It all started for Jodi behind the wheel of the Oscar Mayer Wienermobile.
“It was an awesome job,” she says on this episode of Restaurants Reinvented. “It was all about marketing and generating PR + media impressions, so I learned a ton and that’s kind of what launched me into the food industry.”
After spending a year traveling the country in a hot dog-shaped vehicle, Jodi went on to marketing positions for brands such as Quiznos, Einstein Bros. Bagels and Smashburger before landing in her current role as Executive Vice President of Marketing at Teriyaki Madness. Now, she spends her days finding innovative ways to attract customers even in the midst of a pandemic.
In this episode, Jen Kern interviews Jodi about how to be a successful marketer with a limited budget and why your preexisting tools can be just as effective as fancy new ones. Jodi also discusses how giving back can help your brand, sharing how Teriyaki Madness’ “Pay it Forward” promotion fed more than 6,000 healthcare workers and first responders while also reviving business.
Name: Jodi Boyce
What she does: As the Executive Vice President of Marketing at Teriyaki Madness, an Asian-inspired restaurant chain, Jodi brainstorms and executes campaigns to get Teriyaki Madness’ bowls in as many people’s hands as possible.
Company: Teriyaki Madness
Key Quote: “My biggest lesson overall is to keep things simple. … It [marketing] is not brain surgery. It’s bringing to light what people want.”
Where to find Jodi: LinkedIn
🌶️ Convenience is always key — even more so during a crisis.
People are stressed enough as it is, so it’s up to marketers to find the quickest and simplest way to reach them — and entice them into becoming paying customers.
🌶️ You can adapt on a small budget; it just takes creativity.
Jodi’s employer has a small marketing budget, so she looks for innovative ways to use existing tools such as social media to reach a wider audience.
🌶️ “No, that’s not possible” should never be in your vocabulary.
No drive-through? No problem, you can make one. The sky’s the limit for good marketers and operators because they take the time to find every possible avenue for making the customer’s life easier.
When the going gets tough, help each other out
“People in our company, including our CEO who really led this — we were all feeling just kind of hopeless at home. Like ‘what can we do to help while all these doctors and nurses going out there?’ So we put together a ‘pay it forward’ promotion that was a meal for 10 people. Consumers, customers, businesses could order it for a hospital or first responder of their choice. They paid half, we covered the other half and we called every single customer individually and asked where they wanted it to go.”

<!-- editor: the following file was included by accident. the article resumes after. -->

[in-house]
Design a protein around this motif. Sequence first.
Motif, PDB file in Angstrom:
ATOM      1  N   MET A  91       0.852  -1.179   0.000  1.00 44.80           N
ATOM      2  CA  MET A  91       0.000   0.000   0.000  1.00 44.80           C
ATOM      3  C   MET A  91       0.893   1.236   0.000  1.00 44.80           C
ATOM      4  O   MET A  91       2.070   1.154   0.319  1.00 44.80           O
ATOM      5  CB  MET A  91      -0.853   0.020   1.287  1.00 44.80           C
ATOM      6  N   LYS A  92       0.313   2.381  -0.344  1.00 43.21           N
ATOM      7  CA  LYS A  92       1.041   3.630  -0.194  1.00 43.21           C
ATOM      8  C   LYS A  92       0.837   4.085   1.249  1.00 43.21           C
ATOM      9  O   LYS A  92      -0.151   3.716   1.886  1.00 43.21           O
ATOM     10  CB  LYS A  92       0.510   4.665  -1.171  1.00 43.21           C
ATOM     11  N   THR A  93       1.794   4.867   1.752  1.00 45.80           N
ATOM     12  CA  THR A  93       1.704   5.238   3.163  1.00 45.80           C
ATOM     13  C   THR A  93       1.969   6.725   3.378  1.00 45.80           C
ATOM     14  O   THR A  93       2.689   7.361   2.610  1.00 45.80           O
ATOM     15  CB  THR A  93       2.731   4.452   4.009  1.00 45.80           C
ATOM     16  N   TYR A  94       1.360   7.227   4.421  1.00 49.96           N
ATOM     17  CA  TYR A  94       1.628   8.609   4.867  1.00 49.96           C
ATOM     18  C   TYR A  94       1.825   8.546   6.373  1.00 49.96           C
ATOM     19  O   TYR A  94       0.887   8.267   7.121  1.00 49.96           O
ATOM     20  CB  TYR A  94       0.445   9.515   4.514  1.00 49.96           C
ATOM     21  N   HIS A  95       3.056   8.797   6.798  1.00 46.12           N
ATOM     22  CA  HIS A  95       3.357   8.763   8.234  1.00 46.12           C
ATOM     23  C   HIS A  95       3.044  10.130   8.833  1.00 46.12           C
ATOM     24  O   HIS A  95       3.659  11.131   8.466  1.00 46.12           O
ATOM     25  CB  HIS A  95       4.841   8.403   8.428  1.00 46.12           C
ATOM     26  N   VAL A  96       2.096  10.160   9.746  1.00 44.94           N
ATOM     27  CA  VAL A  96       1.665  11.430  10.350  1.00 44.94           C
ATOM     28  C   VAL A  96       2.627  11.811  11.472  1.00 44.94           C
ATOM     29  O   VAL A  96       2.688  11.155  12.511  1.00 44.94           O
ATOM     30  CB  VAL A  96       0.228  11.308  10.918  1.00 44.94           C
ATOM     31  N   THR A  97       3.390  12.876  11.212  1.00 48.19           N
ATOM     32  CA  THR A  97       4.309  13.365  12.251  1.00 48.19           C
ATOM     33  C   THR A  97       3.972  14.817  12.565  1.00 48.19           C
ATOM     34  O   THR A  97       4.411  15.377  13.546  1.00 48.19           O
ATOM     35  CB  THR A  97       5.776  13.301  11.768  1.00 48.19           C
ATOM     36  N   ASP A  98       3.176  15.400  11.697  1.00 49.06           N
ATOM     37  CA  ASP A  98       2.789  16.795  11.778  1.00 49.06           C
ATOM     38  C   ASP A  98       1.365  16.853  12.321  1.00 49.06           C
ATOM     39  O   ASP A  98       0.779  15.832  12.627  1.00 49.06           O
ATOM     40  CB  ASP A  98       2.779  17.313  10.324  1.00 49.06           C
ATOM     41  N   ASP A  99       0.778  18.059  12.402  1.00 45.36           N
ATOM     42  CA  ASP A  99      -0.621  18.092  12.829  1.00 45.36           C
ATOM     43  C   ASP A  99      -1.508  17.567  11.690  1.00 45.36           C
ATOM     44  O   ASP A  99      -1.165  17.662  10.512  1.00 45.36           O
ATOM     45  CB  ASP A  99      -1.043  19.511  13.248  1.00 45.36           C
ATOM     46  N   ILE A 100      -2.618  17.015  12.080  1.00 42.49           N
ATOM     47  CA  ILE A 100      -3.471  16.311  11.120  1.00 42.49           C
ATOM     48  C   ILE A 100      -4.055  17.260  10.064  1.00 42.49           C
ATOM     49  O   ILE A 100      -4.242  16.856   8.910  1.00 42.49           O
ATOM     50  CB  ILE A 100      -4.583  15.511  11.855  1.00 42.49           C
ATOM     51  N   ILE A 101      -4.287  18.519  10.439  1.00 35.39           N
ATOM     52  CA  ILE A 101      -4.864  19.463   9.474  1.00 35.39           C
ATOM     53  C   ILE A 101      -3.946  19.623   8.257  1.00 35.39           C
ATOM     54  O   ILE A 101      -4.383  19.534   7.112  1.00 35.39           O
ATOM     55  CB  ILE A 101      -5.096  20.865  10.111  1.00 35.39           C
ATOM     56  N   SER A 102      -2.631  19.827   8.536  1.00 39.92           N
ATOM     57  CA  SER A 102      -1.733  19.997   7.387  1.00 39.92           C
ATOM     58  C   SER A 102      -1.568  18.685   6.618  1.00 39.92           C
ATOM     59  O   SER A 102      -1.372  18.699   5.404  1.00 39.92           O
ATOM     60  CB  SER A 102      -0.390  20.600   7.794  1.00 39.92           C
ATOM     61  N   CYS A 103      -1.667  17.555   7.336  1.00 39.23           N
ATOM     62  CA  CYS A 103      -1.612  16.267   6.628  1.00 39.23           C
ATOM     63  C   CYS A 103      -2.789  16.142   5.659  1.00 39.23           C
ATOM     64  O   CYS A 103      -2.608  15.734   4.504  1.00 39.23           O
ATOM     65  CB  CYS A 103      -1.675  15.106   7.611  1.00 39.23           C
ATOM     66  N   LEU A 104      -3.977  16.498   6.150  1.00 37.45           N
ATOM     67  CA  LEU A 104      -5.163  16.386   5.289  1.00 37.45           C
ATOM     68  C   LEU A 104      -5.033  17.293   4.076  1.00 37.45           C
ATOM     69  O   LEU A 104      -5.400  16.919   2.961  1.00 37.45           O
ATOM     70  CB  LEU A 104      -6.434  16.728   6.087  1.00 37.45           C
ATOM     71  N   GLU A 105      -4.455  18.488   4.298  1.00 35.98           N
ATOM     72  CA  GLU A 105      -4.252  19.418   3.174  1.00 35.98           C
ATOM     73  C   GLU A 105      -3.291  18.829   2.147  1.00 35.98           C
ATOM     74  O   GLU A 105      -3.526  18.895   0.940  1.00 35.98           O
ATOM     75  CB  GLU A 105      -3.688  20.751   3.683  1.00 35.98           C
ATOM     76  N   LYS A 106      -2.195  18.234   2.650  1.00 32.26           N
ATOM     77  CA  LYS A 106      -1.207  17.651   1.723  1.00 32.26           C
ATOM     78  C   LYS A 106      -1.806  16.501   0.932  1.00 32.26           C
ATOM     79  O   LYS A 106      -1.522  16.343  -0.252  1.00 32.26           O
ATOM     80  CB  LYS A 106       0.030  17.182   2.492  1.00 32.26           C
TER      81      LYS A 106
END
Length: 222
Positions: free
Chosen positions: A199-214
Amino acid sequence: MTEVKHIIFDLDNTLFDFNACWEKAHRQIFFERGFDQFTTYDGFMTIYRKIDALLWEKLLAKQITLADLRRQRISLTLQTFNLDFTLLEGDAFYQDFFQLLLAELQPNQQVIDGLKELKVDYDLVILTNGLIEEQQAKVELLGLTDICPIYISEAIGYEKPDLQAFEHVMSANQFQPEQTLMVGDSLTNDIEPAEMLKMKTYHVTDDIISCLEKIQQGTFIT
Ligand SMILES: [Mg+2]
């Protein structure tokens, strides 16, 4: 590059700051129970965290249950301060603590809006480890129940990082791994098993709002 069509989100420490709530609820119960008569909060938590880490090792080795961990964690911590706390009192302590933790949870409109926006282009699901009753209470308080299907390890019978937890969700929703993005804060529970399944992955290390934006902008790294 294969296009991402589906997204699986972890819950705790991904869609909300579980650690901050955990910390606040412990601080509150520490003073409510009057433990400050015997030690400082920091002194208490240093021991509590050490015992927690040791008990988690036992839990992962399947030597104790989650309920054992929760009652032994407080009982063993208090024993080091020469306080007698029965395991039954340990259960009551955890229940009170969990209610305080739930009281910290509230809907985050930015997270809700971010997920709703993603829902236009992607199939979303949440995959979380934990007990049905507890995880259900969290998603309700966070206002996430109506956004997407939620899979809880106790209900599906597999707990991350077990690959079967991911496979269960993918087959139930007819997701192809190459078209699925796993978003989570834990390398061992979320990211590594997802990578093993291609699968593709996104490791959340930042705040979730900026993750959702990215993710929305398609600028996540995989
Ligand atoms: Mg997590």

Flexibility is the name of the game — especially during a pandemic
“We always had the ability to do curbside, but it just wasn’t part of our model. Prior to COVID, about 60-70% of our business was already to-go orders, and now it’s like 90-100%. So we added curbside for shops who didn’t have it, which was 90% of our locations, and then we even, in some locations, turned them into drive-throughs. There were a few where we did it in the parking lot. … And so everyone was just really flexible and we were doing whatever we could to get the food in people’s hands.”
Restaurants won’t survive unless they keep up with technology
“How do we stay ahead of the curve? Because this is not going away anytime soon. As far as people wanting convenience, there were so many people who were kind of forced to order online or through an app for the first time, and so a lot of people are introduced to it and love it. … Staying ahead of that by making everything seamless [is important]. How do we make it more convenient and just easy for consumers?”
Don’t ignore the resources right in front of you
“Our limited budgets kind of force us to prioritize. And we don’t even use a full-service agency, by any means. … We’ve had tremendous growth using social media and using the tools that we already have at our fingertips. Using our website, social media, our email club, texting — all those pieces that we’ve kind of already had going that are just growing.”
Good marketing doesn’t have to say something brand new every time
“It’s about not fragmenting the message. So just pick one or two things and stick to that message. There’s a lot of clutter out there and we need to break through. Be known for one or two things; don’t try to be something to everyone. It makes your marketing even easier, too, because you’re constantly repeating yourself in different ways, rather than trying to get 27 different messages out there.”